The ability to get through a full season unscathed is always a concern with Cook, but he’s one of the best pure runners in the NFL and should be in line for another massive workload in 2021. It will be difficult for voters to ignore a stat line in the range of 1,294 rushing yards and 10 rushing touchdowns — Cook’s current PFF fantasy projections — for the second year in a row.
Wide receiver: Terry McLaurin, Washington Football Team
McLaurin wasted no time in cementing himself as Washington’s top target during his rookie season back in 2019, despite being just a third-round selection. He is one of just five wide receivers drafted in the past decade to post a PFF grade of 85.0 or higher during his rookie season, joining Odell Beckham Jr., Justin Jefferson, Keenan Allen and Michael Thomas.
Some of McLaurin’s efficiency numbers took a hit this past season, but Washington's quarterback situation had a lot to do with that. McLaurin’s average depth of target dropped from 14.6 yards in 2019 to 9.9 yards last season. The switch from Alex Smith to Ryan Fitzpatrick at quarterback should allow for increased downfield opportunities, where McLaurin can once again use his speed to thrive.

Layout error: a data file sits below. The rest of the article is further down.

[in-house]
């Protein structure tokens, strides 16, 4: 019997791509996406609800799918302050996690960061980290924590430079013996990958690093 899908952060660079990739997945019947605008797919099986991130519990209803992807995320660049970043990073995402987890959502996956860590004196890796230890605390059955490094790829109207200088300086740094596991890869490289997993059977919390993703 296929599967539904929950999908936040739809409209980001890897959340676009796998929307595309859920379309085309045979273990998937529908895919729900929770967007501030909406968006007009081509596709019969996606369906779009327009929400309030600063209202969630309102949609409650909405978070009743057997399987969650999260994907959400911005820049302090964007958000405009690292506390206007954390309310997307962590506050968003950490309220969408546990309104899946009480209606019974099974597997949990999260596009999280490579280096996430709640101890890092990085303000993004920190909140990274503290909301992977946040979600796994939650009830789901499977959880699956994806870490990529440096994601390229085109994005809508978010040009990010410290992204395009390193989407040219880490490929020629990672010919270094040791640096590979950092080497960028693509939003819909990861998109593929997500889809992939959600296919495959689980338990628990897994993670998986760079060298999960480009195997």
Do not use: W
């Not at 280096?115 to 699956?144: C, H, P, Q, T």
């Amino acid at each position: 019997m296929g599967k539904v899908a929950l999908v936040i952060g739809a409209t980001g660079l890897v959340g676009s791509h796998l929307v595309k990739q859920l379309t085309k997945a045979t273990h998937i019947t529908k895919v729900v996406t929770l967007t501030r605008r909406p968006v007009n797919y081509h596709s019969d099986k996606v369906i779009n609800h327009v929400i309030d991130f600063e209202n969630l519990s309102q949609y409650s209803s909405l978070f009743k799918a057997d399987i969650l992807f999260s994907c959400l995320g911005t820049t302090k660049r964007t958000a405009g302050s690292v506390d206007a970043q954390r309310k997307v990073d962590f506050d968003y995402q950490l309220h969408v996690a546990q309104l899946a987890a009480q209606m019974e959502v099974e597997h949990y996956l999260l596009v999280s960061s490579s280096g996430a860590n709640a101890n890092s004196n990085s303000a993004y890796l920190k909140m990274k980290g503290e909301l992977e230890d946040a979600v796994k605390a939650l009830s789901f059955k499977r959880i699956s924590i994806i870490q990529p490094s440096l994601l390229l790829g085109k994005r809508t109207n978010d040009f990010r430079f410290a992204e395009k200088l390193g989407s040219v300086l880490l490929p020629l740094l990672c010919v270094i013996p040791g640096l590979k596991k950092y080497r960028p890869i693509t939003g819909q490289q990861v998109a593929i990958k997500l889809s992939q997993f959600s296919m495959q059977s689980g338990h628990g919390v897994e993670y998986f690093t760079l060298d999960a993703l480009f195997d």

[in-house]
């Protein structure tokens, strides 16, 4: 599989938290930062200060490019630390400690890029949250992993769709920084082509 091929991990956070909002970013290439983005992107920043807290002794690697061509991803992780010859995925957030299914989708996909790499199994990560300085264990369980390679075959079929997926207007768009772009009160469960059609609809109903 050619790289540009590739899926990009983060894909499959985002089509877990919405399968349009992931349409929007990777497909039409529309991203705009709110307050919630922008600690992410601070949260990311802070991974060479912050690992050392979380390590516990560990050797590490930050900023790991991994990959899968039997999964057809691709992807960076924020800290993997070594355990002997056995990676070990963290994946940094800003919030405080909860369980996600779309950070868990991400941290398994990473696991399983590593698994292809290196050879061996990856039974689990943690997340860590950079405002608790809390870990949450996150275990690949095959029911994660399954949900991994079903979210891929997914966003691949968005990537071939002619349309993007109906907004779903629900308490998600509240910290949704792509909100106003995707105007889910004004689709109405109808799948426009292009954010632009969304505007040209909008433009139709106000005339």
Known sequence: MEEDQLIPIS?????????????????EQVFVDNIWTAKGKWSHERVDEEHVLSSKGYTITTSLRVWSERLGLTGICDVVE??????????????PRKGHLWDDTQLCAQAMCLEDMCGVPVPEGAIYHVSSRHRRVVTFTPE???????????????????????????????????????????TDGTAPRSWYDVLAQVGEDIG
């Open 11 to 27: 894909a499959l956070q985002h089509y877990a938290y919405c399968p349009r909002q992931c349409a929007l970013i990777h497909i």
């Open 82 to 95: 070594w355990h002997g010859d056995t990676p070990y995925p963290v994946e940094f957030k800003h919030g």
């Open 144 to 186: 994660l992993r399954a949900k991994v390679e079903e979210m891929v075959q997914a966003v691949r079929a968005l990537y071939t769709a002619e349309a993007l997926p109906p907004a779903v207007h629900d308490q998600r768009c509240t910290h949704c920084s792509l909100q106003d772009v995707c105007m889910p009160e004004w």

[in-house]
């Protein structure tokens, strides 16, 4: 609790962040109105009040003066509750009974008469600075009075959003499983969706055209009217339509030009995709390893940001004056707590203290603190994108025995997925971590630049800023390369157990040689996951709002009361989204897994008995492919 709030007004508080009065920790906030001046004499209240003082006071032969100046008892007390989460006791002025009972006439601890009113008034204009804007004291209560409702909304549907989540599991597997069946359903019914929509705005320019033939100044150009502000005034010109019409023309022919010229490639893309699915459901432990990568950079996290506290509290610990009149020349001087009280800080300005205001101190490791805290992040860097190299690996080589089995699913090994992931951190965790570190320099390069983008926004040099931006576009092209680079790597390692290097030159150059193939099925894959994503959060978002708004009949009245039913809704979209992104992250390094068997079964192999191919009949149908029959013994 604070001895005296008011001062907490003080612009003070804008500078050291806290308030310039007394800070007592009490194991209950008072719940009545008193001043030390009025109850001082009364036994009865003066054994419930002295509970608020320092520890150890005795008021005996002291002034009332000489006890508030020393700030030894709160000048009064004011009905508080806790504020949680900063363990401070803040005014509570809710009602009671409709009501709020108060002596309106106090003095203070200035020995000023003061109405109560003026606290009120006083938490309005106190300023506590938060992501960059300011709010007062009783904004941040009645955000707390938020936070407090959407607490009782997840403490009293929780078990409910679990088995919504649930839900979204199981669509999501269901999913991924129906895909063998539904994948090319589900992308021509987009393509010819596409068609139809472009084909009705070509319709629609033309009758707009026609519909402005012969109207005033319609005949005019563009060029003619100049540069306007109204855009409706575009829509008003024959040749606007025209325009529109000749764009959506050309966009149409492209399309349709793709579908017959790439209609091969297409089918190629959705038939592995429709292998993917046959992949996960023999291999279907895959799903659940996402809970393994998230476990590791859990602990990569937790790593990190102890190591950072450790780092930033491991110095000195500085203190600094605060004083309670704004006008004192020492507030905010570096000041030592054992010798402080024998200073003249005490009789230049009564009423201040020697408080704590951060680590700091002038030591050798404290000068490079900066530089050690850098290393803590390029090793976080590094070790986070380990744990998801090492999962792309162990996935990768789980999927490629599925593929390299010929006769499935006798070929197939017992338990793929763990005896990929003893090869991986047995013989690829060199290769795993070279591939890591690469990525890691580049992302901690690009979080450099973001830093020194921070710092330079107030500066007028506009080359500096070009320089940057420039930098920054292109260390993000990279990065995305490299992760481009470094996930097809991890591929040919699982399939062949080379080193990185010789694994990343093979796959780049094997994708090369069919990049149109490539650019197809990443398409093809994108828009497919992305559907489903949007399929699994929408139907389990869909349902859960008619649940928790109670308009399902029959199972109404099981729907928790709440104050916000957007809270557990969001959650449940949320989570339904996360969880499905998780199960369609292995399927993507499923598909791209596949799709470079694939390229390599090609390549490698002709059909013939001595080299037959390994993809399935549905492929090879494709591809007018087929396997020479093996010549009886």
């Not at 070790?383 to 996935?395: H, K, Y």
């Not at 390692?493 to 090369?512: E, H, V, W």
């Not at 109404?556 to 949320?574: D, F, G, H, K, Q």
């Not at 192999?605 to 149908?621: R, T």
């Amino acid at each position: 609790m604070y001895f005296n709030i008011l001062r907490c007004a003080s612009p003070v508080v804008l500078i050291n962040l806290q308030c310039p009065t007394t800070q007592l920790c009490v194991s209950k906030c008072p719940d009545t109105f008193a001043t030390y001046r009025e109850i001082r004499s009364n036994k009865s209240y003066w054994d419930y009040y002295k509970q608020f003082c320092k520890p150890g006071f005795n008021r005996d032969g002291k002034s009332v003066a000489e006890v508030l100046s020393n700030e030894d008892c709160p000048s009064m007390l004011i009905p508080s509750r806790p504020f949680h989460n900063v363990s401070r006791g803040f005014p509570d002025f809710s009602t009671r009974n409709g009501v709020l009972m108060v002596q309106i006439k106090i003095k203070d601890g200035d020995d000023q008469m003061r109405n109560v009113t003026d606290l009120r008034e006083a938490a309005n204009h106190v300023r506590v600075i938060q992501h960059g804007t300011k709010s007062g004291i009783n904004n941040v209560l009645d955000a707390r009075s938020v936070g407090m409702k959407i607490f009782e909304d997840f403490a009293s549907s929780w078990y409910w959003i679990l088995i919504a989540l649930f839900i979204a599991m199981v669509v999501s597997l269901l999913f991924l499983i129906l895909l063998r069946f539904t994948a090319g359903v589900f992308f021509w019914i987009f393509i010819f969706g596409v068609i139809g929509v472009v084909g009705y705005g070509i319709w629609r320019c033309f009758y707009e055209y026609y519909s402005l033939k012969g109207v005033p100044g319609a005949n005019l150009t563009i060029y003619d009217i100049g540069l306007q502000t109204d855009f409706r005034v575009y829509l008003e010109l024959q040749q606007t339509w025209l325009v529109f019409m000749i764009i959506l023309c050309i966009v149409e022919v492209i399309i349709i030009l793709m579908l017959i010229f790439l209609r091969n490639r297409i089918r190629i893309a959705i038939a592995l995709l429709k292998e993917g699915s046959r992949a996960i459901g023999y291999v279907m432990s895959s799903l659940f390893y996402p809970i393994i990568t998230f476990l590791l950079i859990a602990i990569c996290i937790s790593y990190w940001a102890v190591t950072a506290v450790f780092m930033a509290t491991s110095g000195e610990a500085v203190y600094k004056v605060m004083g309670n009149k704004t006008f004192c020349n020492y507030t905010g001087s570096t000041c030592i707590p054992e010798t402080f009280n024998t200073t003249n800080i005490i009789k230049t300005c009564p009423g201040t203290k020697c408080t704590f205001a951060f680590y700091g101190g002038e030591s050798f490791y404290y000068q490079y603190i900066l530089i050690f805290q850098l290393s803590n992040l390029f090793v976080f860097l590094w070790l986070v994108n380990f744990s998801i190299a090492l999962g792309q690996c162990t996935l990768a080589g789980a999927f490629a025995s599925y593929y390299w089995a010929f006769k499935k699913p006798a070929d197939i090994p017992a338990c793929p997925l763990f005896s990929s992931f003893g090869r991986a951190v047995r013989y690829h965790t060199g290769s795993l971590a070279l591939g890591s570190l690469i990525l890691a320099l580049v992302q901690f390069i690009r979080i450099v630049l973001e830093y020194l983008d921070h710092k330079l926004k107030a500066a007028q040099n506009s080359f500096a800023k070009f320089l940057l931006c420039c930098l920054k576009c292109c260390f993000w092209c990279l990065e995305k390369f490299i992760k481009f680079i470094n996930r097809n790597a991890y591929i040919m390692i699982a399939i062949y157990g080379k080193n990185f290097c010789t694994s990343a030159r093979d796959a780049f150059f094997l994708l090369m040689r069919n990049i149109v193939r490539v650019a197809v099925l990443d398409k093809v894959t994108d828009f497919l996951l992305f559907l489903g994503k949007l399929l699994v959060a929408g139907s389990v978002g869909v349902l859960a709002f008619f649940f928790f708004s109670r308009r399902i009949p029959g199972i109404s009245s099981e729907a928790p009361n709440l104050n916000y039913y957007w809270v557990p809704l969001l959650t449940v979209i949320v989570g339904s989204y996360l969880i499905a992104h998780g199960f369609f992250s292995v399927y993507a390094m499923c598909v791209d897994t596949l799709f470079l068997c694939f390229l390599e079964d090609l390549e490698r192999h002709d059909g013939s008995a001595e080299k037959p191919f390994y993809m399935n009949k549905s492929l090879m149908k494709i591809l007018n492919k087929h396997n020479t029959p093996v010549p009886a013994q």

Tight End: Darren Waller, Las Vegas Raiders
Waller missed out on making last year’s second-team All-Pro list on a technicality, with the second tight end spot being left vacant behind a unanimous first-team All-Pro season from Travis Kelce.
He earned a career-high 90.9 receiving grade for Las Vegas in 2020. The combination of his ability to win as a receiver when lined up out wide (position-high 2.3 yards per route run as outside wide receiver in 2020) and come down with 50-50 balls (position-high 19 contested catches in 2020) makes him one of the biggest matchup weapons in the NFL.
Waller will have to compete with both Kelce and a healthy George Kittle for a spot on the team in 2021, but he will have every opportunity to put up big receiving numbers as the Raiders’ primary target in the passing game. PFF’s fantasy projections currently show Waller receiving 134 targets in 2021, second to only Kelce (138) at tight end.